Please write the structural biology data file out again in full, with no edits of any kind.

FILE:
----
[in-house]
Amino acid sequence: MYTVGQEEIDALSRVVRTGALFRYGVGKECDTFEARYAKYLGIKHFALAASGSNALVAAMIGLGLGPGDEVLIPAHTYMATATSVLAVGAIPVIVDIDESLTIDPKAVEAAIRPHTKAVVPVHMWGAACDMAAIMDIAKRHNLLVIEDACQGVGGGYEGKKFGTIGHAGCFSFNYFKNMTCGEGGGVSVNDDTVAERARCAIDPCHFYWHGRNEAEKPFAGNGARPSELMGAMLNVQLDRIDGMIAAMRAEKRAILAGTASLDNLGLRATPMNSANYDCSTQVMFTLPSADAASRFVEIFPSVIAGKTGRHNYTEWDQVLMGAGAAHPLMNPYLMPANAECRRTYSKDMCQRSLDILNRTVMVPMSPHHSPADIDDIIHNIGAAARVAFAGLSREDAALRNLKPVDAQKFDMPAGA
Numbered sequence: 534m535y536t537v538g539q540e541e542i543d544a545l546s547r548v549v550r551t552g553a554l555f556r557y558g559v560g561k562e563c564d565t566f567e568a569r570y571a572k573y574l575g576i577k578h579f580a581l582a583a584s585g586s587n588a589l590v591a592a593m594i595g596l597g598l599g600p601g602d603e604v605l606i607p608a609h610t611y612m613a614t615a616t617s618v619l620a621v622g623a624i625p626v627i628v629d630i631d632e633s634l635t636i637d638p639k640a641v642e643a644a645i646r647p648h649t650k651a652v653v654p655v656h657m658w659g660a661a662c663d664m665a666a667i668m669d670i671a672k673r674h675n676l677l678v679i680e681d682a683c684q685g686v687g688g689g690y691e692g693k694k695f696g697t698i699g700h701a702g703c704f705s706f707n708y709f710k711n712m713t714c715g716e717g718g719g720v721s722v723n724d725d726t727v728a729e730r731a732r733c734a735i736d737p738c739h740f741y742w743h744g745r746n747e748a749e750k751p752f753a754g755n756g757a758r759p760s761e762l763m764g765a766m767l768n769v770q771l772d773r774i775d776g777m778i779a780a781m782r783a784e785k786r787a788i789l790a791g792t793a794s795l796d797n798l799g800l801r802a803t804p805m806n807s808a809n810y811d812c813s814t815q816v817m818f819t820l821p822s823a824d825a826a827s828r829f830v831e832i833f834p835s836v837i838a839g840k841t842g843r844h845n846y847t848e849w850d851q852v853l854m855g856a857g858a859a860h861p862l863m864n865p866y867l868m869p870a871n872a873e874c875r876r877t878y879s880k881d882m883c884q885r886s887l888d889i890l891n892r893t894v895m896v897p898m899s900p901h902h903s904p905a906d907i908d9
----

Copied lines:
[in-house]
Amino acid sequence: MYTVGQEEIDALSRVVRTGALFRYGVGKECDTFEARYAKYLGIKHFALAASGSNALVAAMIGLGLGPGDEVLIPAHTYMATATSVLAVGAIPVIVDIDESLTIDPKAVEAAIRPHTKAVVPVHMWGAACDMAAIMDIAKRHNLLVIEDACQGVGGGYEGKKFGTIGHAGCFSFNYFKNMTCGEGGGVSVNDDTVAERARCAIDPCHFYWHGRNEAEKPFAGNGARPSELMGAMLNVQLDRIDGMIAAMRAEKRAILAGTASLDNLGLRATPMNSANYDCSTQVMFTLPSADAASRFVEIFPSVIAGKTGRHNYTEWDQVLMGAGAAHPLMNPYLMPANAECRRTYSKDMCQRSLDILNRTVMVPMSPHHSPADIDDIIHNIGAAARVAFAGLSREDAALRNLKPVDAQKFDMPAGA
Numbered sequence: 534m535y536t537v538g539q540e541e542i543d544a545l546s547r548v549v550r551t552g553a554l555f556r557y558g559v560g561k562e563c564d565t566f567e568a569r570y571a572k573y574l575g576i577k578h579f580a581l582a583a584s585g586s587n588a589l590v591a592a593m594i595g596l597g598l599g600p601g602d603e604v605l606i607p608a609h610t611y612m613a614t615a616t617s618v619l620a621v622g623a624i625p626v627i628v629d630i631d632e633s634l635t636i637d638p639k640a641v642e643a644a645i646r647p648h649t650k651a652v653v654p655v656h657m658w659g660a661a662c663d664m665a666a667i668m669d670i671a672k673r674h675n676l677l678v679i680e681d682a683c684q685g686v687g688g689g690y691e692g693k694k695f696g697t698i699g700h701a702g703c704f705s706f707n708y709f710k711n712m713t714c715g716e717g718g719g720v721s722v723n724d725d726t727v728a729e730r731a732r733c734a735i736d737p738c739h740f741y742w743h744g745r746n747e748a749e750k751p752f753a754g755n756g757a758r759p760s761e762l763m764g765a766m767l768n769v770q771l772d773r774i775d776g777m778i779a780a781m782r783a784e785k786r787a788i789l790a791g792t793a794s795l796d797n798l799g800l801r802a803t804p805m806n807s808a809n810y811d812c813s814t815q816v817m818f819t820l821p822s823a824d825a826a827s828r829f830v831e832i833f834p835s836v837i838a839g840k841t842g843r844h845n846y847t848e849w850d851q852v853l854m855g856a857g858a859a860h861p862l863m864n865p866y867l868m869p870a871n872a873e874c875r876r877t878y879s880k881d882m883c884q885r886s887l888d889i890l891n892r893t894v895m896v897p898m899s900p901h902h903s904p905a906d907i908d9